The reality of TikTok’s revenueJuly 14th, 2022 by Socially Powerful
At this point, it’s impossible to deny the massive impact TikTok has had on the world today. As the most downloaded app of the past three years, with a user base of over 1 billion—expected to reach 1.8 billion by the end of 2022—and the most addictive algorithm of all social platforms, it’s no surprise that TikTok is a phenomenal competitor (and concern) to all other social platforms, but primarily Meta and Google.
In 2021, TikTok users spent an average of 22.8 hours a month on the platform; this has already risen to 28.2 in the first half of 2022. The time spent on TikTok completely overshadows the time spent on other platforms, with Facebook being the closest competitor with an average of 15.5 hours a month on the platform in 2022—although this is a decrease from time spent on the platform in 2021.
TikTok ad revenue
TikTok has only been accepting ads on the platform for the past three years. In 2021, it ranked nearly $4 billion USD in revenue, mainly from advertising, and this is set to hit $12 billion in 2022. This would make it bigger than Twitter Inc. and Snap Inc. combined. Safe to say, TikTok is a force to be reckoned with.
Meta and Alphabet (Google’s parent company) have ruled online advertising for the past two decades. But now, TikTok’s growing share of the media budget is starting to pose a threat to the chokehold Meta and Alphabet have had over us.
As the time users spend on TikTok (and the general number of users) continues to rise, the platform is able to continue developing its addictive algorithm—which has often been described as online opium—which will keep people on the app more, stealing time away from other platforms. Meaning? TikTok has people’s attention in a chokehold and can charge as much as $2.6 million for a one-day run of a TopView ad. To put that into perspective, a 30-second Super Bowl ad runs about $6.5 million.
However, TikTok’s revenue model doesn’t just stop at advertising placements. It’s diversifying into music distribution, game publishing, and Twitch-style subscriptions, but most importantly, social commerce.
TikTok launched TikTok Shop in mid-2021. Its first expansion outside of Asia was in the UK, and allows brands and influencers to sell products through QVC-style livestreams.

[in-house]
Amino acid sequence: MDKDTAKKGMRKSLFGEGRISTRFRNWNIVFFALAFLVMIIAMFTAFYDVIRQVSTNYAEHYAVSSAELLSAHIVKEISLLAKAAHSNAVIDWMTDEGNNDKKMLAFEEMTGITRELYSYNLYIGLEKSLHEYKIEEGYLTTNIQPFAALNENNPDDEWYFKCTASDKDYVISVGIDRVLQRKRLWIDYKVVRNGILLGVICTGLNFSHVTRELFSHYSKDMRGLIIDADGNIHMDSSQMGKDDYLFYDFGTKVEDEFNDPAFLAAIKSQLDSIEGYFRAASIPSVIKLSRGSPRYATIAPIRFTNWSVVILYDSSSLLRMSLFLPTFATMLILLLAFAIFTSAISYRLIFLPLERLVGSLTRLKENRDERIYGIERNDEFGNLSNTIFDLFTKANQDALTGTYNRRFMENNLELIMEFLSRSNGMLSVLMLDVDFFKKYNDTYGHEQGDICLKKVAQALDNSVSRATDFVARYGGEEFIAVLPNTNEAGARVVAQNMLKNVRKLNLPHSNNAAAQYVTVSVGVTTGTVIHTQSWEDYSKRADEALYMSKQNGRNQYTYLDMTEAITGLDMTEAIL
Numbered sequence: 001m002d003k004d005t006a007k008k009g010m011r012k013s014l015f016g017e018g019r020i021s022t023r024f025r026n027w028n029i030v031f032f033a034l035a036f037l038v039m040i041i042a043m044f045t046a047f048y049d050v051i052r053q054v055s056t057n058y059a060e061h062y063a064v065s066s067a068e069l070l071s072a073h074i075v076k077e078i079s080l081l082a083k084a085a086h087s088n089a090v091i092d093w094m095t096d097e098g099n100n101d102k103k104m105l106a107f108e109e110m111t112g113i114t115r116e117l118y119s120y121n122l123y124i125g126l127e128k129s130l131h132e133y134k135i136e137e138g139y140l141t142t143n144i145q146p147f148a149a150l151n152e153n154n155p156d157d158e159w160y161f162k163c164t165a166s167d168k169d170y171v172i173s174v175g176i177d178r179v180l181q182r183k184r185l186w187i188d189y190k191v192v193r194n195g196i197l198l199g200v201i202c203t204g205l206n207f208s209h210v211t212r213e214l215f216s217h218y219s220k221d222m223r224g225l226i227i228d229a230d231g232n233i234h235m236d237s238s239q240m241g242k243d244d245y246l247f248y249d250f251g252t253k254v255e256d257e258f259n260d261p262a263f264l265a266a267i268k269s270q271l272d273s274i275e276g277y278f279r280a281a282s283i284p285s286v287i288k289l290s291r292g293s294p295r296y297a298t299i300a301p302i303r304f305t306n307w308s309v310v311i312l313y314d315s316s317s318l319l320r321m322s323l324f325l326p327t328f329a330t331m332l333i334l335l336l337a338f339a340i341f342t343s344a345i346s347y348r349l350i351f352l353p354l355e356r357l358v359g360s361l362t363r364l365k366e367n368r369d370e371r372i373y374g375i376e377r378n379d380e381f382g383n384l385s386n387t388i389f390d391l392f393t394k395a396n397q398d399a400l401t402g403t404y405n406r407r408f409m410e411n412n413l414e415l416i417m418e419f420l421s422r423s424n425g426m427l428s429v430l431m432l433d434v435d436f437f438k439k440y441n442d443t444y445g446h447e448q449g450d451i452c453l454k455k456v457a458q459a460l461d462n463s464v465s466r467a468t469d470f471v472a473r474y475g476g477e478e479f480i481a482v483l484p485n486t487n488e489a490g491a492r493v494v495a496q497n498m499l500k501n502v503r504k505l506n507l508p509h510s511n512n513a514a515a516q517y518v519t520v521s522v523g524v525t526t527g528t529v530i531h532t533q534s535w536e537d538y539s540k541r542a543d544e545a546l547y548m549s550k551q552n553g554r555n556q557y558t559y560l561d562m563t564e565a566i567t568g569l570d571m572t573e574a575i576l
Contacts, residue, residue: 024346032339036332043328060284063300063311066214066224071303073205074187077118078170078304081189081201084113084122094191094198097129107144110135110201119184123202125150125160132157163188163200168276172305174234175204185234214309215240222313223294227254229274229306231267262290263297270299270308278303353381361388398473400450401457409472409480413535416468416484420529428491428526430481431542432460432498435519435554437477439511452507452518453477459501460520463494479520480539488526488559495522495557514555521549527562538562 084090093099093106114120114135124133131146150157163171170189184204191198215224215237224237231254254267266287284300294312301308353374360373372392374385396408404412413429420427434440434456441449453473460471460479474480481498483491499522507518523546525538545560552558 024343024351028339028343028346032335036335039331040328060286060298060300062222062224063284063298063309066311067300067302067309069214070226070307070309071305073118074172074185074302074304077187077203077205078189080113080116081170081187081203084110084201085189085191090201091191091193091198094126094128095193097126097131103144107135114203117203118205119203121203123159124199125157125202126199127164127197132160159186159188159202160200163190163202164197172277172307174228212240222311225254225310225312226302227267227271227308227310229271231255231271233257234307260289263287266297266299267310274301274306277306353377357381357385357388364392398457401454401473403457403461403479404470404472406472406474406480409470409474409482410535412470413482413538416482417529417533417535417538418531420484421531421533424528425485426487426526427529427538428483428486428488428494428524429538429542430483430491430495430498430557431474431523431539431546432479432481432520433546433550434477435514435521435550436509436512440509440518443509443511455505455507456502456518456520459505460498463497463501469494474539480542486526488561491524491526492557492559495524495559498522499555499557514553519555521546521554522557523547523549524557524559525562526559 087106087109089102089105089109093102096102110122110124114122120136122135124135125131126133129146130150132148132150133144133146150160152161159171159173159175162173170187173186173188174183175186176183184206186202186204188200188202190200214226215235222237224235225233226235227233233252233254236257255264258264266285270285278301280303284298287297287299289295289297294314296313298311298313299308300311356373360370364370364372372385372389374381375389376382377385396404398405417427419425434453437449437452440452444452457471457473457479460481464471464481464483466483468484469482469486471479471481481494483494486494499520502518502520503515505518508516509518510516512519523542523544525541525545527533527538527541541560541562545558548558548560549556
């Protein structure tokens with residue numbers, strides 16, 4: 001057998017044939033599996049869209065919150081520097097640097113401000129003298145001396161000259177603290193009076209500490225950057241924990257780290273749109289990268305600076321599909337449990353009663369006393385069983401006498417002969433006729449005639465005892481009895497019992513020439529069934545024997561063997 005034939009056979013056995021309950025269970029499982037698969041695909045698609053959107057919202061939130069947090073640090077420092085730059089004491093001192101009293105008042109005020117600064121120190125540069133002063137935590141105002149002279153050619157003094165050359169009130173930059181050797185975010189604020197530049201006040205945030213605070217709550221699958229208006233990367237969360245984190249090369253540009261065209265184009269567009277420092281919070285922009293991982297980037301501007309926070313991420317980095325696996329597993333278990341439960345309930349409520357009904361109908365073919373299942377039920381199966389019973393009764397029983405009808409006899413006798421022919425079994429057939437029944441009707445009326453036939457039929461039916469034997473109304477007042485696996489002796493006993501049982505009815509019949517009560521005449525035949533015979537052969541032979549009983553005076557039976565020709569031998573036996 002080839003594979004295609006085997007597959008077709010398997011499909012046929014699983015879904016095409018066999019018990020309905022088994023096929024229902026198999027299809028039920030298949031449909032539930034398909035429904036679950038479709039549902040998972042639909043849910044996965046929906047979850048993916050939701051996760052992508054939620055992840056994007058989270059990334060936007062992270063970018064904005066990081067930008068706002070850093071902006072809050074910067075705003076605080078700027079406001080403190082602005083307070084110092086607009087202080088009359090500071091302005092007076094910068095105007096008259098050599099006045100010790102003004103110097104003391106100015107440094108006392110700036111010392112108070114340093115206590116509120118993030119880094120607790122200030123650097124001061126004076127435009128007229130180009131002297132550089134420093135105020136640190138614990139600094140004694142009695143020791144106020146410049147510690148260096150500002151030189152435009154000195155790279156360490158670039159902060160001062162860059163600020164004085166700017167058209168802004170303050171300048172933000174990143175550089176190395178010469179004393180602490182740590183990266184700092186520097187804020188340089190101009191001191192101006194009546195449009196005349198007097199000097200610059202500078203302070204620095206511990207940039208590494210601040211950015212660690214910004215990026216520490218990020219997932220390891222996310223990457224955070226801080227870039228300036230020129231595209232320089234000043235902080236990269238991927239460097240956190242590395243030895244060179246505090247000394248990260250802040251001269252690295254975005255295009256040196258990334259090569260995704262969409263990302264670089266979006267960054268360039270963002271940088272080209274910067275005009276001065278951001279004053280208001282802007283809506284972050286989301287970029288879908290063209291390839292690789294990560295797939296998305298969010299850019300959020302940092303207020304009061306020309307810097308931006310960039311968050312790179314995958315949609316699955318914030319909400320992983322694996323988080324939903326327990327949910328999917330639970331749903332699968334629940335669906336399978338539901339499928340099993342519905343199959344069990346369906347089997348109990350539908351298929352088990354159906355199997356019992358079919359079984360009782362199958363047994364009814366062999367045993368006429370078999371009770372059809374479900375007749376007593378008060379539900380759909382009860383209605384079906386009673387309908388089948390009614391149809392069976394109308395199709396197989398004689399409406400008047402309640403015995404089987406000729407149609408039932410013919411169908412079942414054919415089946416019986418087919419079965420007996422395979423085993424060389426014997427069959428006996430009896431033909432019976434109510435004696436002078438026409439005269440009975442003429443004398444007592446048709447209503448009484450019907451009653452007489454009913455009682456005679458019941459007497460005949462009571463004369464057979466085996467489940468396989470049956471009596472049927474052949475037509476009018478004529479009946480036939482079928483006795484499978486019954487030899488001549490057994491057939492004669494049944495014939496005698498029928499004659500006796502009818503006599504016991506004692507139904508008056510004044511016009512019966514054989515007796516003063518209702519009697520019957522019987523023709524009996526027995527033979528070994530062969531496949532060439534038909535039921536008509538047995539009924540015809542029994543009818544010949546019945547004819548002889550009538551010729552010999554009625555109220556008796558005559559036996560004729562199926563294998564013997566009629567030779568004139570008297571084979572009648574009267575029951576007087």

TikTok Shop Expansions
Following the initial success of TikTok Shop in the UK, TikTok is considering opening UK-based warehouses. Currently, shipments from China to the UK can take up to 15 days—opening local store rooms will shorten this period to 3-5 days.
In June, TikTok’s daily sales for TikTok Shop products reached $300,000 USD. A shorter delivery time could entice UK users to make more purchases, further increasing TikTok’s revenue.
TikTok Shop Issues
While TikTok Shop was initially a success, it hasn’t all been rainbows and sunshine. One of TikTok’s ongoing issues is creator monetisation. Essentially, TikTok doesn’t pay its creators what they’re owed—you can take this as both TikTok doesn’t pay enough, and that it, quite literally, does not pay creators.
An unfortunate butterfly effect of this, is that some UK creators have pulled out of the UK TikTok Shop programme. Some influencers have spoken out against the platform, saying the products sold were low-quality and they were experiencing low or no payments from the platform.
Creators backing out are reportedly those whose content tiptoes the community guidelines—not entirely against them, but not entirely following. TikTok firmed up its community guidelines earlier this year, which has heavily impacted these creators.
In addition to this, TikTok has pulled out of expanding TikTok Shop into the US and parts of Europe. The expansion was reportedly abandoned after influencers dropped out of the project in the U.K. and the venture struggled to gain traction with users. The reluctant uptake from users could partially be due to the lack of reach many TikTok Shop creators faced due to the previously mentioned issue of community guidelines.
TikTok hasn’t yet confirmed whether the expansion into the US and Europe has been vetoed completely, but it has said it will be turning its efforts to making TikTok Shop a success in the UK.
While TikTok undoubtedly has some fundamental issues to smooth out (paying creators…), its future is bright.
Although TikTok is still currently smaller than Meta owned Facebook and Instagram, its growth suggests that it won’t be for long. By 2024, TikTok’s ad revenue is set to be on par with YouTube’s—around $24 billion USD.
The platform’s exceptional growth has been a massive concern for Meta—it (allegedly) hired political consultants to run smear campaigns against TikTok in the US. Meta is desperately trying to learn from TikTok’s success in hopes of reviving its own growth with a younger audience. Instagram has slowly been shifting into a copy-cat TikTok and has been aggressively pushing Reels and promoting them in feeds, even if users haven’t chosen to engage with such content.
Not only has TikTok completely shaken up the social media world, but it’s now competing with TV. TikTok is the TV of the new generation. As attention spans continue to dwindle, consumers are spending less time watching long-form content from or about people they don’t relate to.
Should TikTok finally get to grips with paying its creators, and creating a seamless and engaging shopping experience with TikTok shop, it will really become an unstoppable tech titan.
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